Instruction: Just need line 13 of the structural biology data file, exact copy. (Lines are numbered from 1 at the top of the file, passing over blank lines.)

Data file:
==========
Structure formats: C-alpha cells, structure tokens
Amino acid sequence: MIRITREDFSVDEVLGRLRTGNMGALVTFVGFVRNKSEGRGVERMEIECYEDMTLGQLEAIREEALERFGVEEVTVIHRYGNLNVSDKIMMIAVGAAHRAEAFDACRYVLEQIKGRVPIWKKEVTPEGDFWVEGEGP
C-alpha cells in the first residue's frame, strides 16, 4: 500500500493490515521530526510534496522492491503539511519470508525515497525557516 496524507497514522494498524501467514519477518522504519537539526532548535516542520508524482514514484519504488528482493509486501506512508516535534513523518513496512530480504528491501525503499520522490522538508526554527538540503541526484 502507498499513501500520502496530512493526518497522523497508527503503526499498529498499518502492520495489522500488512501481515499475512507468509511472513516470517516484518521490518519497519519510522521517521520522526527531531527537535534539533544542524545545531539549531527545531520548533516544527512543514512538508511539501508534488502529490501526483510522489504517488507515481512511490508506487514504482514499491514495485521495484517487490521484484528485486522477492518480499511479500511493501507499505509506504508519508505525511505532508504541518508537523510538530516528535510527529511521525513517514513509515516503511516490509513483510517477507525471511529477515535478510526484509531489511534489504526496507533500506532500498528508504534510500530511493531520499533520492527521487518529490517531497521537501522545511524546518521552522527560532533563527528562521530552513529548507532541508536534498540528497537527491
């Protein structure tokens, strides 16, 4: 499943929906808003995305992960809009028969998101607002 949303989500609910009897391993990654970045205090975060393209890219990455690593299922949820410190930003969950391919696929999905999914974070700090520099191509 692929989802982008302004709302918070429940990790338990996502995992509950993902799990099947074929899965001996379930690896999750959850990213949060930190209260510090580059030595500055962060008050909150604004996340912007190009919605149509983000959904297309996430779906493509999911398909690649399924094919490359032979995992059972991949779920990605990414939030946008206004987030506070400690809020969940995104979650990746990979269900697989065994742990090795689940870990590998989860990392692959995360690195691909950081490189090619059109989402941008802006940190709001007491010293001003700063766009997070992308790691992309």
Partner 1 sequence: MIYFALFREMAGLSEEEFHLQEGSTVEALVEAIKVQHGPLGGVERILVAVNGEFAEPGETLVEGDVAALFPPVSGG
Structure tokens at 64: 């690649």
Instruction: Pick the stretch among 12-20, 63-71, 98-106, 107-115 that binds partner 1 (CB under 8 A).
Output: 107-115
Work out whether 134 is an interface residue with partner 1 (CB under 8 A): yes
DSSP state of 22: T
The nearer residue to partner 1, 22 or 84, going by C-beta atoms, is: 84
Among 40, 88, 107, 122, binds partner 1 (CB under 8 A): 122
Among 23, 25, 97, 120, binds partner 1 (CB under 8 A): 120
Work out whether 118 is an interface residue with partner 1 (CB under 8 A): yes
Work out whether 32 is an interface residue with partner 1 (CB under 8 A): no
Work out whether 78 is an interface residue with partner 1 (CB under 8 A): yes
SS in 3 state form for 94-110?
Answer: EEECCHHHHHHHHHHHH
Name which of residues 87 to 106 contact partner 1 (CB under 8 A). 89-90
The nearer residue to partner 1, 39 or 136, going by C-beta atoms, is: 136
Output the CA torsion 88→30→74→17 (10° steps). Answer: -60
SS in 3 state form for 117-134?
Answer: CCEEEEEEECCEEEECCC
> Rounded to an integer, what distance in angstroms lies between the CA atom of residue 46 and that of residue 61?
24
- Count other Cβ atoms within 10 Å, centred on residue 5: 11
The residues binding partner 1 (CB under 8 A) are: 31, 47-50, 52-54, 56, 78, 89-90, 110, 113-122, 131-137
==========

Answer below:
Among 23, 25, 97, 120, binds partner 1 (CB under 8 A): 120